Friday Night Lights

Friday night I met my classmates at the football game. As Steve and I approached the school, the lights from the field illuminated a vast array of cars parked in the lots, along the streets, and in every grassy section nearby. I think the entire town must have been at the game Friday night. I was amazed as it was only one short month ago that the news was reporting that Brinkley High did not have enough interest in the football program (or enough kids) to even have a team. Apparently, the town, the school and the kids all rallied together to continue the Brinkley tradition. It was an awesome site to see! There has always been a lot of Brinkley Pride, 30 years later, it is no different.

My time with my classmates was wonderful. We had real conversations with each other. Conversations about how many of us  overcame multiple challenges as kids to go on to become very successful adults. Rural towns are very different, at least Brinkley is anyway. One did not discuss their family’s problems. It was important for the family to hide their issues because ‘saving face’ in the community was much more important. Knowing now what many of my classmates endured creates an even more profound respect for them and their current successes in life.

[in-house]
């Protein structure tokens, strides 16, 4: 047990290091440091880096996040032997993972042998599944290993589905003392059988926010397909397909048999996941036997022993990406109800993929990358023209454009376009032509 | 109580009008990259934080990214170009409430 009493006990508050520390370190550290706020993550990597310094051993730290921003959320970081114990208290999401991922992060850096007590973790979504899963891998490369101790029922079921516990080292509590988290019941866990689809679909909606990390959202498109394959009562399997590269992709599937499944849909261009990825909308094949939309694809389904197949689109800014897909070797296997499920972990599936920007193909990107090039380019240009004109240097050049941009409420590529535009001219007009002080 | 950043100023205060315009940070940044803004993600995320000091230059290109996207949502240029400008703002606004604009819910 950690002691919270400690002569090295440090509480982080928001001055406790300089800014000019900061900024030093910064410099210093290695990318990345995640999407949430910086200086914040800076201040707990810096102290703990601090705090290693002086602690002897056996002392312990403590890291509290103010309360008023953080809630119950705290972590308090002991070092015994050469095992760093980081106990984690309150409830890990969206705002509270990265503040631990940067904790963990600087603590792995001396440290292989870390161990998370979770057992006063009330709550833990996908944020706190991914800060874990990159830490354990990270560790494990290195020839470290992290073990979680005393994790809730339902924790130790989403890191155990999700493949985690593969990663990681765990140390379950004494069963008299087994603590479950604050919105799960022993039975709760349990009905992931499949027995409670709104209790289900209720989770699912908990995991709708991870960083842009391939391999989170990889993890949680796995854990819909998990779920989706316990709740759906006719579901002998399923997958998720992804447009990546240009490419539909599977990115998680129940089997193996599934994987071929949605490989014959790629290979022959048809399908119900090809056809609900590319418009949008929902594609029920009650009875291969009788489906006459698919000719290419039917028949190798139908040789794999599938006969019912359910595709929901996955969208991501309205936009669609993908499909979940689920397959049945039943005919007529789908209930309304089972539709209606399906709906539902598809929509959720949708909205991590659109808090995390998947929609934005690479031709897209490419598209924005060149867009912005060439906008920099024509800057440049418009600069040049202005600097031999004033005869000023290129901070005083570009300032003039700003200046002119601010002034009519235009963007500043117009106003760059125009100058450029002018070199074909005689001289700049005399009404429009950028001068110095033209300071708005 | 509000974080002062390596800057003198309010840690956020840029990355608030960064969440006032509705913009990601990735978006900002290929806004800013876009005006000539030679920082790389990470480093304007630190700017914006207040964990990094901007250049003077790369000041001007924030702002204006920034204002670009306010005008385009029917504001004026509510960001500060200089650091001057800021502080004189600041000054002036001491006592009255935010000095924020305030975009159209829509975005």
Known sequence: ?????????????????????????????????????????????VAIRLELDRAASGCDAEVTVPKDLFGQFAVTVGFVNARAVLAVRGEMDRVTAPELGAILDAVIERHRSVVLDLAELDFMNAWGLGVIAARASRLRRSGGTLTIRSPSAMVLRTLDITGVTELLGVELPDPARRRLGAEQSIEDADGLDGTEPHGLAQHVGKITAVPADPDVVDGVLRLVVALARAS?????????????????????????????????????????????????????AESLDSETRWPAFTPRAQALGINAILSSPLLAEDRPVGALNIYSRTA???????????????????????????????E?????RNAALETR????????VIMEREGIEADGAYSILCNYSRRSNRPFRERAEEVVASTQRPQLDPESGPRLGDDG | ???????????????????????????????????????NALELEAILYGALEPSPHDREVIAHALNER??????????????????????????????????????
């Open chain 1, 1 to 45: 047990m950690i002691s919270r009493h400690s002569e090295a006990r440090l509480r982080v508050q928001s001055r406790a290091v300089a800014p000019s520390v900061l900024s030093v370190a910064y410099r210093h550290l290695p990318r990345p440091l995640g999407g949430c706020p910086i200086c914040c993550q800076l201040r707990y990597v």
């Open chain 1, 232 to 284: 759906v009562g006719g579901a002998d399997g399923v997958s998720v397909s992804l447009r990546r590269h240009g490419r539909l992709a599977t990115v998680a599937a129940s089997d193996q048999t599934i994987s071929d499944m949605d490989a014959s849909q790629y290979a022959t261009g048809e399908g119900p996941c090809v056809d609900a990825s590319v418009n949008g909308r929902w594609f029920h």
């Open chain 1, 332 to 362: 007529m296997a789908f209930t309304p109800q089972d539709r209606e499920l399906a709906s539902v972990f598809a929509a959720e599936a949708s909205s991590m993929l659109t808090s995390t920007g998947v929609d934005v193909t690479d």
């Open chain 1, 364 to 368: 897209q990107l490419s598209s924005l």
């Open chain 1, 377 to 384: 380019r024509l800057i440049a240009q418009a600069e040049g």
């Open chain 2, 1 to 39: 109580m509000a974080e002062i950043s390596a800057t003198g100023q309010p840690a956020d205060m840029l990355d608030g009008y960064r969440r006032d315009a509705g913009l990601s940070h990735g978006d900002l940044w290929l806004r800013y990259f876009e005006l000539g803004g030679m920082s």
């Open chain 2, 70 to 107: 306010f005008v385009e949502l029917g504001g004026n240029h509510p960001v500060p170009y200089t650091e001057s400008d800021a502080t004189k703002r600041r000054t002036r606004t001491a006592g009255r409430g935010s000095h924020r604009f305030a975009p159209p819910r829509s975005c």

Eventhough we don’t see each other regularly, we all are bonded together forever. We are bonded through our love for Brinkley, our pride for a town that is doing its very best, and pride for our alma mater, Brinkley High.

We Are Not an Island

Looking back over the last few weeks brings me such a sense of joy and fondness for the friends that I have made over my 48 years. We cannot walk through this life alone, and why would we want to? We need experiences in our life to draw from and we need people to depend on. Our challenges make us stronger and we need people willing to lend their knee when we need a lift. Facing challenges, embarking on new experiences and asking for help can be very difficult, but think of the strength and the blessings that are waiting for you on the other side. I am reminded of a song by Darius Rucker (I love him) For The First Time. Our MC at the Tough Mudder brought this back to my attention. Listen to the song, ask yourself the question, and then answer it.

Be blessed. Be awesome.